Dean V. White was a developer, hotelier, theater impresario and major marketer, but never a self-promoter.
In 2015, White had a net worth of $2.5 billion and had been named to Forbes magazine's 400 richest people in the world many times. That same year, he was listed as the 268th richest American.
White died Wednesday. He was 93. He is survived by his wife of 70 years, Barbara, children Cynthia Merida, Bruce White, Christopher White and Craig White. He is also survived by seven grandchildren, six great-grandchildren and his beloved golden retriever, Blue. Dean had five siblings and one surviving sister.
Forbes Magazine's real-time ranking of billionaires placed White as the 789th richest person in the world Wednesday.
According to Forbes, White was Northwest Indiana's lone billionaire.
White owned billboards across the world, but was rarely in the public eye, instead letting his money speak for him with multimillion-dollar donations to education, charities and politics.
The White family fortune began modestly when his father launched a billboard sign company in 1935 in the sleepy community of Shelby.
Dean White took over his father's billboard company in 1946 and used the profits to build Whiteco Industries, a hotel and real estate development empire based in Merrillville. The outdoor advertising business eventually owned hundreds of billboards in the U.S. and China. He sold the billboard business to Chancellor Media Corp. in 1998 for $960 million.
The business also branched out into real estate development and became a leading hotel operator in Indiana.
White has sold more than a billion dollars in outdoor advertising and hotel assets only to drop big money on a multi-hotel project at Marriott Place in downtown Indianapolis.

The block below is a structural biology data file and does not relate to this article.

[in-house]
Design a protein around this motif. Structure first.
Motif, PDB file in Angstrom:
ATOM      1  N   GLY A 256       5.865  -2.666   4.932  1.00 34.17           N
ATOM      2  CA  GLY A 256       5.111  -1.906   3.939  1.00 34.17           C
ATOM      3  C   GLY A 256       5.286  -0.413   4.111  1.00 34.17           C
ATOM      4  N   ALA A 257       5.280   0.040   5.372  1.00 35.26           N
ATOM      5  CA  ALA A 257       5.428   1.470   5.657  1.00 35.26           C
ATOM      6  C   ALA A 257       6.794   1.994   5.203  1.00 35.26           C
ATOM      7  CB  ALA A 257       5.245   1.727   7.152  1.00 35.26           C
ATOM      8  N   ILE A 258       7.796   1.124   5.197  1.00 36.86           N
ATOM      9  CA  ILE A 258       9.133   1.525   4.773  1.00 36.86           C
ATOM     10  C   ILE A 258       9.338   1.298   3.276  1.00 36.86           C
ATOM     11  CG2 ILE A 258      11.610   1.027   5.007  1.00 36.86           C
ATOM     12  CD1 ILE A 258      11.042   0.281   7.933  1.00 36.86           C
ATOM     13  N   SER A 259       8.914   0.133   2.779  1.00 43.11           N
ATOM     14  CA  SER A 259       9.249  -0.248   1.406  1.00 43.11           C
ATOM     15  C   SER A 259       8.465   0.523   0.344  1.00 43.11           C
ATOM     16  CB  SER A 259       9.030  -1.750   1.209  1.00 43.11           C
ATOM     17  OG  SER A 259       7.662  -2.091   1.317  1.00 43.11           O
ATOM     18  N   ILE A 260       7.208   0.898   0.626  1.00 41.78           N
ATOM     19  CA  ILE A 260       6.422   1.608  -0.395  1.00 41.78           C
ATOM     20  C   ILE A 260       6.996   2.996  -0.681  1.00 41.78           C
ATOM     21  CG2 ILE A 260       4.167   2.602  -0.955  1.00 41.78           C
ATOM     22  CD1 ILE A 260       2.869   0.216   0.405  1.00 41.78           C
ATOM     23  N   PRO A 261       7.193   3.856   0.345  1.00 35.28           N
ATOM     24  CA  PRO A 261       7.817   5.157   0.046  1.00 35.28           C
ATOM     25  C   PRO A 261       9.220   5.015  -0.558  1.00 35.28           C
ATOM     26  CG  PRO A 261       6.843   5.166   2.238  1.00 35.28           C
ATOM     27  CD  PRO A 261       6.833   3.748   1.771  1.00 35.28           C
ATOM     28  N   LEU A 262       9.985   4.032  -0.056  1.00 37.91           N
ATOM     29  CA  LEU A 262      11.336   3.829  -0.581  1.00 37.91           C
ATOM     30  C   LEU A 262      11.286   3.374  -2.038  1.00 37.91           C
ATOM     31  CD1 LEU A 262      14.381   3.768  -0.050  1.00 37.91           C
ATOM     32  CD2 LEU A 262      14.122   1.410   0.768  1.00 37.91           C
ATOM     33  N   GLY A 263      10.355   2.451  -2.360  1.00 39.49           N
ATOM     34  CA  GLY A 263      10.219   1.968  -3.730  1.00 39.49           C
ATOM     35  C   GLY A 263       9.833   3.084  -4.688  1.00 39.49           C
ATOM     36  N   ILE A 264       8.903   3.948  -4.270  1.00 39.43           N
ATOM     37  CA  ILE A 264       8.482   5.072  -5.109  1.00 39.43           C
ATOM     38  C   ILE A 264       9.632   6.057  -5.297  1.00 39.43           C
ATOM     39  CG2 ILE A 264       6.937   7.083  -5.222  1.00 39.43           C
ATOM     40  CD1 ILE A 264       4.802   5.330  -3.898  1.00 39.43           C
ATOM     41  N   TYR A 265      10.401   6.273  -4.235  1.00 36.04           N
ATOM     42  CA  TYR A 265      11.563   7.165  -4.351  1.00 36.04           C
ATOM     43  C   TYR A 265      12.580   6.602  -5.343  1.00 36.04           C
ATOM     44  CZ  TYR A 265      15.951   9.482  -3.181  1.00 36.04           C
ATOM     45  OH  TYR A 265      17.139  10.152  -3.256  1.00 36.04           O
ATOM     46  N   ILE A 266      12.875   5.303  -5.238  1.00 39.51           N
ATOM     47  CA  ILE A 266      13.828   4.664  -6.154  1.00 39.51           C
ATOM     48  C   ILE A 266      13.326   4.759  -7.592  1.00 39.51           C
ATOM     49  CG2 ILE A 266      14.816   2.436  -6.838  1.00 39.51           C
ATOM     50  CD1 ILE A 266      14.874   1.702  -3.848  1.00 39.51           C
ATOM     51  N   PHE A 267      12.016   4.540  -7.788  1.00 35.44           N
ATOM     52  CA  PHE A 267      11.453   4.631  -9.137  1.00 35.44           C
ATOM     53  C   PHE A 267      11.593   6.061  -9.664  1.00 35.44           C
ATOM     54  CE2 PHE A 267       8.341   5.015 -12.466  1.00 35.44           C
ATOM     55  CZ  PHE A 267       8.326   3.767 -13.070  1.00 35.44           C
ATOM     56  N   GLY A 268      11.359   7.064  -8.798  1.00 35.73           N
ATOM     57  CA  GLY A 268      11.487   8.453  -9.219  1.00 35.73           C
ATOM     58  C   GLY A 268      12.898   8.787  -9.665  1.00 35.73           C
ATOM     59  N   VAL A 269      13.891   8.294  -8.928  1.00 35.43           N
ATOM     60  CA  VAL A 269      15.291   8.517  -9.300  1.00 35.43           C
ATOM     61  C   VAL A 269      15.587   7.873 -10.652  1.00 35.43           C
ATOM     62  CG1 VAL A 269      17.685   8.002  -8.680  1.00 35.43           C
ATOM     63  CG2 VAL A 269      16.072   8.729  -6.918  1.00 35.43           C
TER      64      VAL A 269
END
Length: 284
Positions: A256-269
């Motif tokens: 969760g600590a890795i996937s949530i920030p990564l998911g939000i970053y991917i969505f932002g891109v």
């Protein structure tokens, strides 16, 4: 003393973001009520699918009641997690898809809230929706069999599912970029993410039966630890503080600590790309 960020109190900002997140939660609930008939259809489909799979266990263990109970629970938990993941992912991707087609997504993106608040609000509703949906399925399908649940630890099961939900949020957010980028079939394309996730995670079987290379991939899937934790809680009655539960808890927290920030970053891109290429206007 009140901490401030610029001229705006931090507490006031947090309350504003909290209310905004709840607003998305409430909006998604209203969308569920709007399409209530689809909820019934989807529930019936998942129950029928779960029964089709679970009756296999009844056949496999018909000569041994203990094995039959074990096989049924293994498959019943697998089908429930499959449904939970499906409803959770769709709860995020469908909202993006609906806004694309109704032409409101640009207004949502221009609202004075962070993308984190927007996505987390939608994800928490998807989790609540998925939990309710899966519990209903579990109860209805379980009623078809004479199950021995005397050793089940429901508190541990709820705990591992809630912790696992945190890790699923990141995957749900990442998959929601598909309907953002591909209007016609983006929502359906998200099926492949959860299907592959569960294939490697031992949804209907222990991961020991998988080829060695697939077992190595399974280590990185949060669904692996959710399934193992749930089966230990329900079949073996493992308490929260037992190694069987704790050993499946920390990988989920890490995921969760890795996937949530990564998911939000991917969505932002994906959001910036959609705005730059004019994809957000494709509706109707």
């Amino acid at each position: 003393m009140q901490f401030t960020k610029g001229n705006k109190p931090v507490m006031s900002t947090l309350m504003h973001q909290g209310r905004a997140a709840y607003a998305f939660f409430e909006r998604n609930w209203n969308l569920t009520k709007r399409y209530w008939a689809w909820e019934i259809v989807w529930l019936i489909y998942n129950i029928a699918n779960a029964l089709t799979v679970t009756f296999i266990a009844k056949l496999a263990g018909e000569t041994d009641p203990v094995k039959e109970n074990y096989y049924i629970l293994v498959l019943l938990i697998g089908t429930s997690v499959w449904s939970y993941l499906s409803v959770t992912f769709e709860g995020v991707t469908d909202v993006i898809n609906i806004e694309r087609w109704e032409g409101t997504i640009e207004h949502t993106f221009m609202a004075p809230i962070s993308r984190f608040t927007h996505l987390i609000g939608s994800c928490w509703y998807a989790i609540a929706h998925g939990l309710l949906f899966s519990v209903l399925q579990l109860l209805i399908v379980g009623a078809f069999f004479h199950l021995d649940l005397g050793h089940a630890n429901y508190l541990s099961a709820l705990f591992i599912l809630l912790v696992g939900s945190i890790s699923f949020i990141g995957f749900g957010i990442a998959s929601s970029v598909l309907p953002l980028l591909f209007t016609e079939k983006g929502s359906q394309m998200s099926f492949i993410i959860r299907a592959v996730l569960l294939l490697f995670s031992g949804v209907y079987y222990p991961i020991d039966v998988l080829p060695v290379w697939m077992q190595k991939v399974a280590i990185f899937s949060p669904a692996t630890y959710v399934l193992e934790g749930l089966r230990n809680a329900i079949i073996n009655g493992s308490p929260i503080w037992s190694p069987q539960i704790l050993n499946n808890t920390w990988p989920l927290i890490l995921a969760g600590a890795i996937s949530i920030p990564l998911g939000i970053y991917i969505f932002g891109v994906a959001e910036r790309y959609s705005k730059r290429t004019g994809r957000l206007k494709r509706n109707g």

In 2006, White sold 100 hotels to BET founder Robert Johnson for $1.7 billion. In early 2011, he opened a $450 million development in Indianapolis next to Lucas Oil Stadium, home of the NFL's Indianapolis Colts, which has five hotels including a 1,005-room Marriott, the largest JW Marriott hotel in the world.
Locals call the glistening skyscraper "Big Blue" and a replica is on display in the lobby of son Bruce White's hospitality company, White Lodging.
His Whiteco Residential company built more than 4,000 apartments along the Eastern seaboard.
In late 2012, he donated $2 million to the Indianapolis Zoo to build the International Orangutan Exhibit, which will include a research center focused on orangutan conservation. Whiteco announced in late 2013 that it was building a 32,000-square-foot "memory care facility" in Merrillville with 50 rooms for residents diagnosed with Alzheimer's and other forms of dementia, which opened in June.
'Main Street of Lake County'
He was best known for buying farm fields around Interstate 65 and U.S. 30 and erecting a Holiday Inn and business offices known as the Twin Towers during the early 1970s. Later that same decade, he expanded his holdings into Star Plaza Theater and Radisson Hotel and conference center.
White is widely credited with transforming Merrillville and Hobart into a retail mecca after building a Holiday Inn, now the Radisson at Star Plaza, amid cornfields in 1969. His son Bruce White built the Holiday Star Theatre, now the Star Plaza, which was the largest theater in Indiana and the second largest in the Chicago area at the time, drawing as many as 500,000 visitors to Northwest Indiana a year. Both will be torn down next year to make room for a new hotel at U.S. 30 and Interstate 65.